• Discussion
      • Which DNS problems would you try to fix first?
      • a) Authentication of servers
        • UDP allows IP spoofing and injection of malicious data
      • b) Complexity of the protocol c) Implementation errors d) Integrity of the data
        • Cryptographic mechanisms for integrity also provide authenticity (e.g., signatures)
      • e) Availability of the servers
        • Important, which is why there is a redundant server architecture
    • Question
      • Why should you consider SSL in your next client-server program?
      • a) it’s faster
      • b) it replaces DNS
      • c) it guarantees that you are talking to who you should be
      • d) it provides reliability and guarantees that the DNS system hasn’t been corrupted
    • Question
      • Why should you consider SSL in your next client-server program?
      • a) it’s faster
      • b) it replaces DNS
      • c) it guarantees that you are talking to who you should be
      • d) it provides reliability and guarantees that the DNS system hasn’t been corrupted
    • Mini-Lab
      • Explore DNS
        • Can you get a zone transfer?
        • Do you understand the various types of records?
          • Hint: "IN" stands for "internet"
            • DNS can store information about lots of things
        • How much information can you get?
          • Are there exposures?
        • Why do some DNS names have dots at the end?
          • e.g., "www.benign.com."
            • Hint: think about relative vs absolute paths
        • Suggested time: 15-20 minutes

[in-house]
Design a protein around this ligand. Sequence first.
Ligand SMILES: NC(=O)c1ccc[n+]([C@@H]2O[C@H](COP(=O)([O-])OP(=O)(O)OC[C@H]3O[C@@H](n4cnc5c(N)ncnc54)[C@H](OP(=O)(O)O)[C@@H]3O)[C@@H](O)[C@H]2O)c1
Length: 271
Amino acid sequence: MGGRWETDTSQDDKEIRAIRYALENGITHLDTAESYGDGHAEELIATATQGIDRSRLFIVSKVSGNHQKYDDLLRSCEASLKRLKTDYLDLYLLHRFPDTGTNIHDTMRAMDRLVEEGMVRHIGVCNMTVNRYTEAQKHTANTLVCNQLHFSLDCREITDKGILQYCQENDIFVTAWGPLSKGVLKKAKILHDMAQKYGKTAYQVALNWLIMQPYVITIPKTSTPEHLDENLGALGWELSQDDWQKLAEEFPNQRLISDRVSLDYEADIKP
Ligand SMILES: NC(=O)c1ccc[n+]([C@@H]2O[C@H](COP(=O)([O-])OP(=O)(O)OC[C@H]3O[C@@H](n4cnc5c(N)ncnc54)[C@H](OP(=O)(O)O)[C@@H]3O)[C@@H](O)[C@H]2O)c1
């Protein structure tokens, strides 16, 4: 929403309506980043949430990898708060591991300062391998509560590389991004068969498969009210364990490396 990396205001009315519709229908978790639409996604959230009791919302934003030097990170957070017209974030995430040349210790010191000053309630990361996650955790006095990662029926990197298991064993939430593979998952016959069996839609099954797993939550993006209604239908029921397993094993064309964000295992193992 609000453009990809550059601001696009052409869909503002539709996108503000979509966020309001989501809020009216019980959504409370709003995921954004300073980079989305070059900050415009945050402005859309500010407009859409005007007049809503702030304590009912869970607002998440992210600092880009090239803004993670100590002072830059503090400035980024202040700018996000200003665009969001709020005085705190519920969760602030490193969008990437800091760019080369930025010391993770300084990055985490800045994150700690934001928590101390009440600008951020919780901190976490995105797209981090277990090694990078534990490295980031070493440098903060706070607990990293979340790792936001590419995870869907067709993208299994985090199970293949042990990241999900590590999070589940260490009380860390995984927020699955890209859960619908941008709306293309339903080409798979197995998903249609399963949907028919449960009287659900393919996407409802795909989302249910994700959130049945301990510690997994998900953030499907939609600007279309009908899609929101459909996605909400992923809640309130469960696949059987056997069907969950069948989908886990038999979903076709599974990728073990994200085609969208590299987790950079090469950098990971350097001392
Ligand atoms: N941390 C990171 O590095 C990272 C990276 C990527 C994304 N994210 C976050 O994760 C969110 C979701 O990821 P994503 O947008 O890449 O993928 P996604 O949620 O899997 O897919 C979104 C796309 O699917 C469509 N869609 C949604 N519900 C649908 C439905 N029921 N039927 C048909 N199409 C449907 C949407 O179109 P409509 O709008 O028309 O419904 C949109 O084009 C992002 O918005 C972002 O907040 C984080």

• NIS (Network Information Services)
      • SUN technology
      • "NIS clients download the necessary username and password data from the NIS server to verify each user login"
        • How much can you trust the client?
      • Doesn't encrypt the username/password information sent to the clients with each login
      • All users have access to the encrypted passwords stored on the NIS server
        • Crack at leisure
    • NIS+
      • Completely different from NIS
      • More secure
      • Domain namespace
      • Credentials checked every time a NIS+ object is accessed
        • DES credentials must be generated by an administrator for each "principal"
          • A principal is a user or a machine (process with root privilege)
            • Client machines (processes) are authenticated
          • More difficult to manage
    • NetBIOS
      • Network Basic Input/Output System
        • Session level protocol
      • NetBIOS over TCP
        • For the purposes of this tutorial, we consider it at the same level as DNS
        • Used almost exclusively by Windows
        • Major worm propagation vector